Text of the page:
On the way home from the Jewish Community Center a few weeks ago, we traced our recital history back to my oldest daughter’s first time on stage by recalling the songs for each dance. “There was Wildside then last year Yellow Submarine then the year before that and the Lava Lava song….”
This year marks the fifth dance recital for the big sister and the third for the little one. I was admittedly nervous about the first dance recital and I was too busy riding a high horse about femininity, the patriarchy and sexualized bodies to see that my own daughters were having the time of their lives. After that, I made no apologies for how hard I fell in love with a tutus, sequins and stage makeup for my own tiny dancers.
It was not as bad as I thought it would be.
That was five years ago. Those two little women are taller and bolder. They love to dance, and they loved their moment in the spotlight.
Watching them do something they love is a supreme honor. I can see their earnest faces trying hard not to count out loud, focused on getting the steps right. We have practiced endlessly in the kitchen (during and) after dinner and every time their dance recital songs cycle up on the car stereo, we all squeal and do the steps, belted into our seats.
On the big night, I gaped at them, their long legs and bouncy ponytails and sparkly costumes. How could they be mine? How did they get to be so tall and proud and full of sunshine?
For most of the recital, I was breathless because watching them this year, I felt like I was stuck in place while the world pulsed around me. Were my little people ever as small as the peanuts who took the stage before them? Were they ever so wild or timid? The range of emotions on stage from sheer terror to total joy further disoriented me.
Sitting in that dark auditorium, I felt small, walled off from the chaos of the world. And in that cozy space, I could fully focus. Nothing in the world matters when you’re watching 20 four-year-olds live out their dream of performing on stage, clad in sequins while their favorite music blasts in the background. There is an incredible sense of reassurance that if the world ended tomorrow, we did something right raising these little bouncing people.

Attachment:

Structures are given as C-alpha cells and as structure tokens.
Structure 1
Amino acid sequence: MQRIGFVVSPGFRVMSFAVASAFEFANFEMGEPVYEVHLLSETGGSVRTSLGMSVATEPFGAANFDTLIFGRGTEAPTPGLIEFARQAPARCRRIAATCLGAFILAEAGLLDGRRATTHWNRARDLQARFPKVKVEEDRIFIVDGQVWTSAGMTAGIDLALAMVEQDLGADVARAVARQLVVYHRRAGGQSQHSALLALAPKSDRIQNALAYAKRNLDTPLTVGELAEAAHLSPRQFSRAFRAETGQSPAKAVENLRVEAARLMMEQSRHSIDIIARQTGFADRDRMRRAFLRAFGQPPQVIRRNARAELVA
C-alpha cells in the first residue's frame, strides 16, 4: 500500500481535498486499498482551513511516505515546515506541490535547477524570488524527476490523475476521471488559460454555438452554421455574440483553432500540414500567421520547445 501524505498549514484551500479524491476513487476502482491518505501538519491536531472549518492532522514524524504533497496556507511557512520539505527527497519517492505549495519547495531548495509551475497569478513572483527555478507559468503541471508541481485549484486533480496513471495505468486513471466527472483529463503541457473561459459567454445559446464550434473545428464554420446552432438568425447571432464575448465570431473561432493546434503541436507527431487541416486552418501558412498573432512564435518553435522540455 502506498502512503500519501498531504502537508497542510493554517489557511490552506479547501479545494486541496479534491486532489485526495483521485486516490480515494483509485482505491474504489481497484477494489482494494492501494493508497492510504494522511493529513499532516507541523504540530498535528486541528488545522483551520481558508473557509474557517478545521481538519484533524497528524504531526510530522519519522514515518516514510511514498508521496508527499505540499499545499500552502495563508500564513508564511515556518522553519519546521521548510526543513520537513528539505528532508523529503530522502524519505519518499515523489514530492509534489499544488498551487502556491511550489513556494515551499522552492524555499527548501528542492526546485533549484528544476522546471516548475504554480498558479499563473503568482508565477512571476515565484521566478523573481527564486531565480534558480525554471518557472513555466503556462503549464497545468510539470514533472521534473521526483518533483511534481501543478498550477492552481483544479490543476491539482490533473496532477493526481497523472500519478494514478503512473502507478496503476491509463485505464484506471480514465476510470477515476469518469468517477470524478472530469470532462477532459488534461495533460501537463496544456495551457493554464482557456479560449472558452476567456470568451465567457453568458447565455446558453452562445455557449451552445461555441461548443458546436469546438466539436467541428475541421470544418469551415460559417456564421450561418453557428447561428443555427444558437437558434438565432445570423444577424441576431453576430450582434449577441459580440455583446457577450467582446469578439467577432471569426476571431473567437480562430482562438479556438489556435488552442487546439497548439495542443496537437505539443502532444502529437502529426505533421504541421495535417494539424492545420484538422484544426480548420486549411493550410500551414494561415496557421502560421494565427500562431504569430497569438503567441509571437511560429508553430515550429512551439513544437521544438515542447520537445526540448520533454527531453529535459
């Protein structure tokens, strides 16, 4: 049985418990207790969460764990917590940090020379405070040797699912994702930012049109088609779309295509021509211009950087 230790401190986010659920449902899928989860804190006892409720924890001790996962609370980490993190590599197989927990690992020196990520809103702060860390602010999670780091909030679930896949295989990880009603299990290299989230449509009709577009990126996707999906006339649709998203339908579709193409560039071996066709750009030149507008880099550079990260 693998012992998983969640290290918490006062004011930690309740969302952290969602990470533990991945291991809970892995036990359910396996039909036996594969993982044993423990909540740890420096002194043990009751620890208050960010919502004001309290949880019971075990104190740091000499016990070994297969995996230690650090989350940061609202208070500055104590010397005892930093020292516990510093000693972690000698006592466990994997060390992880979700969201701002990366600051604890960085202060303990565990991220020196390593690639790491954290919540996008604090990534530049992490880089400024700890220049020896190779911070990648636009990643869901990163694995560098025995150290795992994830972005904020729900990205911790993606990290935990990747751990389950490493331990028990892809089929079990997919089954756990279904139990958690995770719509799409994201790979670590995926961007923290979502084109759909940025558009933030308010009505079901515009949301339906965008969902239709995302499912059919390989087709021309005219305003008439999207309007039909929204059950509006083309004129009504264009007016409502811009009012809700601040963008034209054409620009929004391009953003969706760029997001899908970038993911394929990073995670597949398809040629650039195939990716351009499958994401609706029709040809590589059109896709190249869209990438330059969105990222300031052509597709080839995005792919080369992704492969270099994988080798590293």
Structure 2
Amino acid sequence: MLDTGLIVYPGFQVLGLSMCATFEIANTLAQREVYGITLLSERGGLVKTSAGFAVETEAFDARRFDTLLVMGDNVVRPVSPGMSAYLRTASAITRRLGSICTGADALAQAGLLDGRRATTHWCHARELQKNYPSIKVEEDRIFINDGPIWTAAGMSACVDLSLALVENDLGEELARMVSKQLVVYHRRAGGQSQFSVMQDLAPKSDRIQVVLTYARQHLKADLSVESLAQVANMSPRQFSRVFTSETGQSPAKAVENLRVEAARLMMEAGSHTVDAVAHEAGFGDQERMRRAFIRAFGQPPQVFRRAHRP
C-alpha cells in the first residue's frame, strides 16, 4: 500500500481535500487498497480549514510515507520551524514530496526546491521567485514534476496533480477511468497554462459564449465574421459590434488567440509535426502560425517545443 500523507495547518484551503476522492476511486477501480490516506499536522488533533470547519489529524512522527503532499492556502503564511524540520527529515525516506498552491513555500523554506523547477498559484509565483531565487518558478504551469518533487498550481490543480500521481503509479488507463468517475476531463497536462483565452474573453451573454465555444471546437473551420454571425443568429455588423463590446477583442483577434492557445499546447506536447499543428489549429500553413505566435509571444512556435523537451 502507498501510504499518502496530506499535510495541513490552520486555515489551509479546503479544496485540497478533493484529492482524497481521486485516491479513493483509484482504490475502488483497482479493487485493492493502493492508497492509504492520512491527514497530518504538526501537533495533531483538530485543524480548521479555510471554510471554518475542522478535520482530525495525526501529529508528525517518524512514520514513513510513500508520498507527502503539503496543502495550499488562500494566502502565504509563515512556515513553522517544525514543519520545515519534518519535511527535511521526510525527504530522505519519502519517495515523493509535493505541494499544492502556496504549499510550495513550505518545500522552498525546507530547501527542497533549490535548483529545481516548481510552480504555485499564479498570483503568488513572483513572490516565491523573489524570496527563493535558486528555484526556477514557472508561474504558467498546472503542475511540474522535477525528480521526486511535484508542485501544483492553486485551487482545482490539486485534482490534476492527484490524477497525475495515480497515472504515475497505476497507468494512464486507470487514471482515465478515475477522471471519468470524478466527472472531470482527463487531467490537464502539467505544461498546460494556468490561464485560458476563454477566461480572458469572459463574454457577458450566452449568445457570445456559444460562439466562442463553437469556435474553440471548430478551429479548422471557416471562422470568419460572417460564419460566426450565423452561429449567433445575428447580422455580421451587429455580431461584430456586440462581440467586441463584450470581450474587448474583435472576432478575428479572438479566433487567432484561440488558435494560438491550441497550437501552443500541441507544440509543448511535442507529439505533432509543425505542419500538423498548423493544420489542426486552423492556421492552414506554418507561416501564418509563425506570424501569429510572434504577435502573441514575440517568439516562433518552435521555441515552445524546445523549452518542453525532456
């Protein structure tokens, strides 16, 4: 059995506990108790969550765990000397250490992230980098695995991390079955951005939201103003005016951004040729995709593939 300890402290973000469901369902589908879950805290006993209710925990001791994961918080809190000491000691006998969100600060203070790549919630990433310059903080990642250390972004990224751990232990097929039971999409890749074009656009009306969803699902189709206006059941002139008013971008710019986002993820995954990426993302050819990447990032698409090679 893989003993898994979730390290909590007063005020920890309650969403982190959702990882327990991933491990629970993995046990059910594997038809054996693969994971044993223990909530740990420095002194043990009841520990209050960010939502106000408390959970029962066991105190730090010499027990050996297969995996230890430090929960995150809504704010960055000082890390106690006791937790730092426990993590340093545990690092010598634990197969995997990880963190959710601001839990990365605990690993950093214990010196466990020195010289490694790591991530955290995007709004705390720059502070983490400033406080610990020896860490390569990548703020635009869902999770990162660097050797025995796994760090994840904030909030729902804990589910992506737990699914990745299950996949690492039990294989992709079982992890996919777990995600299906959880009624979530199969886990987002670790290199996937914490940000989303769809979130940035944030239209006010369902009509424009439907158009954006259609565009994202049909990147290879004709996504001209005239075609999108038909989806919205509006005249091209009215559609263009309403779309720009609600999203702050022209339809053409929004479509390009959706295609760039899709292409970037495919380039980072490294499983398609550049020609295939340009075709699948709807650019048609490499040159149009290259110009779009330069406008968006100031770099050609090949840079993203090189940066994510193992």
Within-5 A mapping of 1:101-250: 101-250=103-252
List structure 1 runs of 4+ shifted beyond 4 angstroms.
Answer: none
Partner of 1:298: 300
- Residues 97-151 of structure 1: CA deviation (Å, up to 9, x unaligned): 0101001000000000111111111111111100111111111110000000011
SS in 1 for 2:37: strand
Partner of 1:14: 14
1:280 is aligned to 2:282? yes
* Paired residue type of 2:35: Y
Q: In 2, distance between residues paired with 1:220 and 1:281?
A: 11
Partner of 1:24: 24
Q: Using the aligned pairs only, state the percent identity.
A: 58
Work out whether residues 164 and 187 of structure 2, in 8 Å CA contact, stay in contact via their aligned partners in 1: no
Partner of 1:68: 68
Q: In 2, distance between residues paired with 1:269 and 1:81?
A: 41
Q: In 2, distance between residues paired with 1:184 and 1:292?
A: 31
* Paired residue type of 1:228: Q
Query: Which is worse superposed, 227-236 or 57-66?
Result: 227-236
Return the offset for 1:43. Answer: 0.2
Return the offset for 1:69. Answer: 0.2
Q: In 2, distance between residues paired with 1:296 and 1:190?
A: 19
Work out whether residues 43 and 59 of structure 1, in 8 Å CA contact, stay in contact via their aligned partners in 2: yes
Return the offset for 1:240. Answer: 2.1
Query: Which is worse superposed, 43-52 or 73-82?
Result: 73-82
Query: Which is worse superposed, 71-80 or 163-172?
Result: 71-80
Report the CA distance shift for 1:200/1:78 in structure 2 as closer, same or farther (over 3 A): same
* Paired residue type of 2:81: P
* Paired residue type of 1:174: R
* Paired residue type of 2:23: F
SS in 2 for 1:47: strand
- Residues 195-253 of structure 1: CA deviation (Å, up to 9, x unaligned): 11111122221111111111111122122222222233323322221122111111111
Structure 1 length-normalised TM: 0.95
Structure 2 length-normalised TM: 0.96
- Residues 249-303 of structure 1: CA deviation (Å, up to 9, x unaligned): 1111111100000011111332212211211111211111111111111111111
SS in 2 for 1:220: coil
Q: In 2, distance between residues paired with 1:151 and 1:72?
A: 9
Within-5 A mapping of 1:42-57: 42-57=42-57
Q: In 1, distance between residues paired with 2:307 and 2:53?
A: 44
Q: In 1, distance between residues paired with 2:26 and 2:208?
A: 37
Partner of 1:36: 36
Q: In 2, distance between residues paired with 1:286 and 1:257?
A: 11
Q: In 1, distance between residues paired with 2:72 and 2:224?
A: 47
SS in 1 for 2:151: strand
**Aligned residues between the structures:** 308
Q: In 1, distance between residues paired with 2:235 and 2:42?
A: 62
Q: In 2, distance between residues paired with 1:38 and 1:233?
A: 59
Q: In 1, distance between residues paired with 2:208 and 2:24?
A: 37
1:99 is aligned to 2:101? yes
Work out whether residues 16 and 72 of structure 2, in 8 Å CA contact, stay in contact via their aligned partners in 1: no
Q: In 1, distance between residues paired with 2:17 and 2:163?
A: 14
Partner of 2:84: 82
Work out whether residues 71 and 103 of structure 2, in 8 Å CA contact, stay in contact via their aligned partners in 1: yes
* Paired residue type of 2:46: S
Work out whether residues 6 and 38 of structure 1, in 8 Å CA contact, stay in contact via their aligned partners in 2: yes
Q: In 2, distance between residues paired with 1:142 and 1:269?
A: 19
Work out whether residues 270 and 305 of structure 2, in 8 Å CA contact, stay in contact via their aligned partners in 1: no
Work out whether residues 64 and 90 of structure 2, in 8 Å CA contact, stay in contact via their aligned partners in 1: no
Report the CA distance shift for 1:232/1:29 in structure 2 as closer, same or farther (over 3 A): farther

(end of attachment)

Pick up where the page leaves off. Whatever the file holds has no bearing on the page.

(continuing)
The best part of the recital, though, was when a friend pulled me aside to tell me that she snapped a photo she had to share. And later via text, I saw it. It’s gray and fuzzy and you can hardly make out the shape of my husband and me while we wear the widest smiles. My hands are clasped in total delight as I watch them. Our friend caught us fully present in this moment, adoring our children and radiating love.
I remember the moment she snapped the picture–though it wasn’t a singular moment. It was a series of moments strung together watching my girls. I got lost in watching my children mixed in with everyone else’s children because I love and adore those children, too. It is my favorite part of the dance recital–feeling like I am a part of some bigger community of people, seated in the dark, cheering for the future. I feel your pride, your worries, your anxieties. And I share in them. And in the middle of every song, I remember feeling fully present and happy and if I could bottle that feeling, I’d take it like medicine every day.
We lose focus. We get lost. But these little slivers of life should center us, bring us back, and remind us what’s important.
Sequins. Tutus. Smiles. Music.
And dancing like no one is watching (except we’re all watching, and we love every minute of it).